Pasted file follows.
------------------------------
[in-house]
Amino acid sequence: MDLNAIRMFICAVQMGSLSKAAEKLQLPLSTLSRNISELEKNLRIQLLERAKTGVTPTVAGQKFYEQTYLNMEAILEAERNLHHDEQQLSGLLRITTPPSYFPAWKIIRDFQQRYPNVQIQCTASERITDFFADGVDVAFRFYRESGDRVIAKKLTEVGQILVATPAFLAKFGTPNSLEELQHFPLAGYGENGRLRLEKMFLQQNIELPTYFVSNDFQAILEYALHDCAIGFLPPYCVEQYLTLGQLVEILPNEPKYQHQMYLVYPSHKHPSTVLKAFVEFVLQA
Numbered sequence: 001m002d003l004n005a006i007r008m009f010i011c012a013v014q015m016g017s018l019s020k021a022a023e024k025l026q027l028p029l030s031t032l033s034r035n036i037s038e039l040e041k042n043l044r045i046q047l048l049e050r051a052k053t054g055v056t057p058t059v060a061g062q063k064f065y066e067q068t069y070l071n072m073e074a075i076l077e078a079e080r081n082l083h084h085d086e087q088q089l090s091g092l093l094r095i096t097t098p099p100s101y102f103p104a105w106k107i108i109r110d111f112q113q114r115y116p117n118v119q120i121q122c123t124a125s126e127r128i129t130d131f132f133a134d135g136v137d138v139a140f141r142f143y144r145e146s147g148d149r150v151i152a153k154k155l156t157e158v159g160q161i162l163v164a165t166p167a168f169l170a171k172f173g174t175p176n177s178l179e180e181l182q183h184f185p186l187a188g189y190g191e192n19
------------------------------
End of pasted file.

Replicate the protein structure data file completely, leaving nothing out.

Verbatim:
[in-house]
Amino acid sequence: MDLNAIRMFICAVQMGSLSKAAEKLQLPLSTLSRNISELEKNLRIQLLERAKTGVTPTVAGQKFYEQTYLNMEAILEAERNLHHDEQQLSGLLRITTPPSYFPAWKIIRDFQQRYPNVQIQCTASERITDFFADGVDVAFRFYRESGDRVIAKKLTEVGQILVATPAFLAKFGTPNSLEELQHFPLAGYGENGRLRLEKMFLQQNIELPTYFVSNDFQAILEYALHDCAIGFLPPYCVEQYLTLGQLVEILPNEPKYQHQMYLVYPSHKHPSTVLKAFVEFVLQA
Numbered sequence: 001m002d003l004n005a006i007r008m009f010i011c012a013v014q015m016g017s018l019s020k021a022a023e024k025l026q027l028p029l030s031t032l033s034r035n036i037s038e039l040e041k042n043l044r045i046q047l048l049e050r051a052k053t054g055v056t057p058t059v060a061g062q063k064f065y066e067q068t069y070l071n072m073e074a075i076l077e078a079e080r081n082l083h084h085d086e087q088q089l090s091g092l093l094r095i096t097t098p099p100s101y102f103p104a105w106k107i108i109r110d111f112q113q114r115y116p117n118v119q120i121q122c123t124a125s126e127r128i129t130d131f132f133a134d135g136v137d138v139a140f141r142f143y144r145e146s147g148d149r150v151i152a153k154k155l156t157e158v159g160q161i162l163v164a165t166p167a168f169l170a171k172f173g174t175p176n177s178l179e180e181l182q183h184f185p186l187a188g189y190g191e192n19